The House Ways & Means Committee is considering several bills that have the same mission: to make permanent the franchise tax exemption for businesses that report $1 million or less in gross revenue.
The exemption has been in place since 2008. It is scheduled to expire in September and go down to $600,000; businesses that have gross receipts totaling less than that amount would be exempt, while those reporting more would pay the tax. If that happens, the head of the Texas chapter of the National Federation of Independent Business told the committee that nearly 28,000 businesses would be added to the tax roll.
Keeping the exemption at $1 million would cost the state about $148 million in the next biennium. The committee's chairman, Harvey Hilderbran, R-Kerrville, is sponsoring the main bill, HB 262. He held the legislation in committee until he could find a way to make the exemption “revenue neutral.”
What does that mean? The current funding source for the exemption is no longer available, so Hilderbran is looking for the $148 million in other places. That won’t be easy with lawmakers in a desperate search for money to fund other areas of the budget, such as health services and public education.
Hilderbran hinted that some ideas include repealing the back-to-school sales tax holiday (worth about $111 million), selling unclaimed property, spending cigarette tax money, or raising taxes on the tobacco companies that are not currently included in the state’s settlement fund. He's waiting for estimates on how much those taxes would produce.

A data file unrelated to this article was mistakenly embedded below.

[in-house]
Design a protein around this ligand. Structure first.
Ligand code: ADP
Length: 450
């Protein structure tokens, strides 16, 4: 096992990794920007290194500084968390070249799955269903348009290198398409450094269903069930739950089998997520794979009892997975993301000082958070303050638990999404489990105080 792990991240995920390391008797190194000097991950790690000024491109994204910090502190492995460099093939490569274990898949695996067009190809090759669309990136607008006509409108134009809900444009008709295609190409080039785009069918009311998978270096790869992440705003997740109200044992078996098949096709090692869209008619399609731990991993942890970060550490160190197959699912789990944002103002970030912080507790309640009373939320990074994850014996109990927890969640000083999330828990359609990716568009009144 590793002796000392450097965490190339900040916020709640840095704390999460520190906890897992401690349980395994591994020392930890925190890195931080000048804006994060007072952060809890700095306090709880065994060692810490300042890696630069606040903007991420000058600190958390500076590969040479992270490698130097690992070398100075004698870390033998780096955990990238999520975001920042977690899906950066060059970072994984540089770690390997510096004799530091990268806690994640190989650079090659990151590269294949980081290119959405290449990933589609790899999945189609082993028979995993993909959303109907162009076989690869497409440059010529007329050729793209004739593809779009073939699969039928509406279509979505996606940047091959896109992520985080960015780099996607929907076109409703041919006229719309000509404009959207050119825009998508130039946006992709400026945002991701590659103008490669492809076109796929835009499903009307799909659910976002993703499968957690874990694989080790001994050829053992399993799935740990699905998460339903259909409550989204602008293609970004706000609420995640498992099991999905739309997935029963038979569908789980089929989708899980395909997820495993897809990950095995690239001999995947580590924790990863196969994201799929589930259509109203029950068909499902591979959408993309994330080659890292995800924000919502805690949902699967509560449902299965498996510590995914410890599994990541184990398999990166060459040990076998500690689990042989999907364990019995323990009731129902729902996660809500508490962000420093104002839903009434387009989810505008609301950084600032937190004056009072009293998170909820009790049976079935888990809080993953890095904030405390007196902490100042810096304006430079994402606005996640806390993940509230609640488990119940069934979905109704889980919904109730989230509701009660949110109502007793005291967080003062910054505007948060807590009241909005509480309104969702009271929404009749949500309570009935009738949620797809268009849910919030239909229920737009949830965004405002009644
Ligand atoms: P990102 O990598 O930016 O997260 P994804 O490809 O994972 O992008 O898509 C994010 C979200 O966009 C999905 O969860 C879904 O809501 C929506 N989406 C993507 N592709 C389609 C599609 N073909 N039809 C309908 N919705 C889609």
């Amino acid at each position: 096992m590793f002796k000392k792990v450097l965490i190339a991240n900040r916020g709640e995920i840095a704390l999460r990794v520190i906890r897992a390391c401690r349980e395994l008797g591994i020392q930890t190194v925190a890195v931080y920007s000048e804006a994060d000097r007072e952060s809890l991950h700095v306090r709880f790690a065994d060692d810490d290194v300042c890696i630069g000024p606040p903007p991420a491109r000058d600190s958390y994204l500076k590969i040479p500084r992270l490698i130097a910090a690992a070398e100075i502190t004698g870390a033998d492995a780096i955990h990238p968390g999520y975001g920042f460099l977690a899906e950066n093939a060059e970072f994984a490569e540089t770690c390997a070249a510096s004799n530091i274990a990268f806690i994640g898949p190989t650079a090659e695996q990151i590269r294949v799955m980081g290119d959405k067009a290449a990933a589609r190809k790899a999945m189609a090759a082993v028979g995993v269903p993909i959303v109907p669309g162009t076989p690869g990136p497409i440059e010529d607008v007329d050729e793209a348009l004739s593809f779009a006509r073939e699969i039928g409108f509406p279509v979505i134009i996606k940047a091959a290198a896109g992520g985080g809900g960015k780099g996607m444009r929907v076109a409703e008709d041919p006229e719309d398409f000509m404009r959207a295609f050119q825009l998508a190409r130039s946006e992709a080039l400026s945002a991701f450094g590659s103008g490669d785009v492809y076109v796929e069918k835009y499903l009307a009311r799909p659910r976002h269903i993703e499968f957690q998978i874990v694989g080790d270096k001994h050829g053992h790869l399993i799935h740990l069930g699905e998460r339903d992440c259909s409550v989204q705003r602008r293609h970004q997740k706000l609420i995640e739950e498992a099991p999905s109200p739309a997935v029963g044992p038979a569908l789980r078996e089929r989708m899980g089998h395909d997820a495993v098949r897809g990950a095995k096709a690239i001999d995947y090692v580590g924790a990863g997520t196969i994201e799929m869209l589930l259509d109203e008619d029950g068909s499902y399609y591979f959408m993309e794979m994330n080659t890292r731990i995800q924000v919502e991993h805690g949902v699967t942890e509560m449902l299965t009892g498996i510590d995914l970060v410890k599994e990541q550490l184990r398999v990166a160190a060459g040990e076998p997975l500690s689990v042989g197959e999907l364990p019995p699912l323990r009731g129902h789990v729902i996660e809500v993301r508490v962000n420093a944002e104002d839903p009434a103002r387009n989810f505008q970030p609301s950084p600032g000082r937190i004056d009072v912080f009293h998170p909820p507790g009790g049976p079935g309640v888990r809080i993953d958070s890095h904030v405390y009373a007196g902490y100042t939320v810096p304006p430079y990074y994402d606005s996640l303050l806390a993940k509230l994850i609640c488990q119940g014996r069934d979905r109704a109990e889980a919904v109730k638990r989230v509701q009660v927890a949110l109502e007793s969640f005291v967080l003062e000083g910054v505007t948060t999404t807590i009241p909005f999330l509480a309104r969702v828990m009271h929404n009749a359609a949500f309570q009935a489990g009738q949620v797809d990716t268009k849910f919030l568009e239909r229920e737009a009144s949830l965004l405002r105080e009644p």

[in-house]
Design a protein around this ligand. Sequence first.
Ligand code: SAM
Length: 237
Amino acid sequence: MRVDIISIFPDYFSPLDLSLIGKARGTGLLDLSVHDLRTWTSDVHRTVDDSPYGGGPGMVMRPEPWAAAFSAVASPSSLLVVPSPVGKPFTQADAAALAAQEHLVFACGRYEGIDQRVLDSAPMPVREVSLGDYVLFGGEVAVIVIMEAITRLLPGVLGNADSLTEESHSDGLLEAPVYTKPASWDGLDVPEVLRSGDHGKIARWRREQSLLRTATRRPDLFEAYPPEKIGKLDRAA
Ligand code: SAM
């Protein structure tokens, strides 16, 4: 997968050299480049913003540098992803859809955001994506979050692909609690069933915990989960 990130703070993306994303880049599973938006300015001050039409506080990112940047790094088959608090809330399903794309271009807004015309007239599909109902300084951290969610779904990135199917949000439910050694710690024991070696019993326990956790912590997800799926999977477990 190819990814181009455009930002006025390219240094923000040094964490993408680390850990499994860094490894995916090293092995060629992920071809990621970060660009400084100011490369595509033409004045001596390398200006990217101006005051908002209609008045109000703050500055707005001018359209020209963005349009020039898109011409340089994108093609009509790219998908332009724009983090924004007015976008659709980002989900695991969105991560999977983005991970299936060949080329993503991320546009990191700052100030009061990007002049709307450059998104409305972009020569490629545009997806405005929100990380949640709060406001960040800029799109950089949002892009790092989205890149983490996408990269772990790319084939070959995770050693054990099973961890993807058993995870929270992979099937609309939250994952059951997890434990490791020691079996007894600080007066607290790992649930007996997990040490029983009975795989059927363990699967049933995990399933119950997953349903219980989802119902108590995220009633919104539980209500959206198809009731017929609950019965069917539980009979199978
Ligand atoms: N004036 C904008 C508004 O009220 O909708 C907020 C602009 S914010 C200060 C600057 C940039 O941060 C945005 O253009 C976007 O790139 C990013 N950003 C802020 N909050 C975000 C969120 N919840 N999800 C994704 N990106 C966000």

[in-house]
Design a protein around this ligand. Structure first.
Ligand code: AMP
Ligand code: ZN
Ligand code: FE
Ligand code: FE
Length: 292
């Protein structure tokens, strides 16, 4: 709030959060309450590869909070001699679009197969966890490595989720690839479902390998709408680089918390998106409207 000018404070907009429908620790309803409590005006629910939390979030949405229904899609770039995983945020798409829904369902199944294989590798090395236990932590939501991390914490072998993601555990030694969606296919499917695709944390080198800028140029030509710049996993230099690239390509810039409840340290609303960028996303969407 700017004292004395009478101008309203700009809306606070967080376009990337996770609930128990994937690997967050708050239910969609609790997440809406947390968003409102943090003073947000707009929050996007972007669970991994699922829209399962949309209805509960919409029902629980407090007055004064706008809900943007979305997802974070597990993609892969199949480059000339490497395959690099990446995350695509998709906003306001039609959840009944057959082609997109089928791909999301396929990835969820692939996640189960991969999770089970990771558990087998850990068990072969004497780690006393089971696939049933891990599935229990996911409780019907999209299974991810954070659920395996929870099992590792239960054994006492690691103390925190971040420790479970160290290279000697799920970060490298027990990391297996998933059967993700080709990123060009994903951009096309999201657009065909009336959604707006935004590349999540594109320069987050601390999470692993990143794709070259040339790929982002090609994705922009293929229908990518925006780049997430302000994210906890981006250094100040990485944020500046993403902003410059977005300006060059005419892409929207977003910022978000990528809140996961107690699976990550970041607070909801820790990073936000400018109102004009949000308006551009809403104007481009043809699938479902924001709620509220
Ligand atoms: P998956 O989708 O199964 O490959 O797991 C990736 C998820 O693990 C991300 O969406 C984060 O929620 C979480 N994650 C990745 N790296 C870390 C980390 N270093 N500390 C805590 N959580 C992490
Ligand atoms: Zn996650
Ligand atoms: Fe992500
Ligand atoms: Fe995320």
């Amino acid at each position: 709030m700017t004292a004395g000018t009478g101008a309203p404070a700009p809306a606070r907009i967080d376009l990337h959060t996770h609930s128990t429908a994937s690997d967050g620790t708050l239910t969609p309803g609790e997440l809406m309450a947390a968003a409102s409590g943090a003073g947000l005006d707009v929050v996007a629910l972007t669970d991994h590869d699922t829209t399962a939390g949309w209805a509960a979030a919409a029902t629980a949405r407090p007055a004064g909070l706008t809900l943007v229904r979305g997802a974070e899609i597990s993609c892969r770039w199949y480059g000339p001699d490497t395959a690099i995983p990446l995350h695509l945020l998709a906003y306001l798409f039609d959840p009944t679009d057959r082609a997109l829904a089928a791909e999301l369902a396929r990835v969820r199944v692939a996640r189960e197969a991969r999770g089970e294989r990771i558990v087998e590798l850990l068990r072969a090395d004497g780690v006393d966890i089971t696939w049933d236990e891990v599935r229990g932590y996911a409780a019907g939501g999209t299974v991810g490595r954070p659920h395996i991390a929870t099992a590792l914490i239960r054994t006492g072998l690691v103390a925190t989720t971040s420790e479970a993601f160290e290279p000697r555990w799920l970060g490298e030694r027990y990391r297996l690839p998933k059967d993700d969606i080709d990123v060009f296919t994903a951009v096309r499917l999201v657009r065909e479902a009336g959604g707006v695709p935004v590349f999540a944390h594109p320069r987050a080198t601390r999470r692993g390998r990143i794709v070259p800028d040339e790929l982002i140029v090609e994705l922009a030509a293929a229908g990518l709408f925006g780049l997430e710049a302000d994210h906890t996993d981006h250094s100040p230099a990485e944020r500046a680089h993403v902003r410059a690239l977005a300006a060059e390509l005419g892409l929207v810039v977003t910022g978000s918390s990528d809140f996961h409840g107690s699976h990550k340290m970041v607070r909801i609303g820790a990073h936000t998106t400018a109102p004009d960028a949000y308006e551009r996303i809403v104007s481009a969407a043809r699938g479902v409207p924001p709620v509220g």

“We’re going to wait to get them back and pick the one we like best,” Hilderbran said, adding it may take two or three bills to make HB 262 pay for itself.
One small business owner, Tim Piggott of Longview, told the committee he wants to see the exemption become permanent because his auto parts business currently reports about $617,000 in gross revenue. Under the current rules, he is exempt from having to pay franchise taxes. If the ceiling is dropped, he would have to pay the state $3,000 in taxes.
“I can’t afford that. I certainly couldn’t hire more workers,” Piggott said. “Bottom line is, it comes right out of my pocket.”
Will Newton, NFIB’s executive director in Texas, told the committee the franchise tax, sometimes referred to as a “margins” tax, should be abolished in favor of the tax it replaced in 2006. Recognizing that’s not likely to happen during the session, Newton said small companies would at least want the $1 million exemption as a “short term fix to help businesses get through” the recession.
“It’s a bad tax, and it needs to go away. Most people I’ve talked to agree it was a failed experiment,” he said. “A lot of small businesses don’t have savings accounts. Big businesses can hire attorneys and figure out loopholes.”
The Center for Public Policy Priorities weighed in Monday with a policy report that criticizes a series of bills moving the through Legislature, including these exemption bills. The organization contends that such legislation "would further cut the amount of revenue available to fund the 2012-2013 state budget" and "should be rejected" in favor of raising new revenue and using the Rainy Day Fund.
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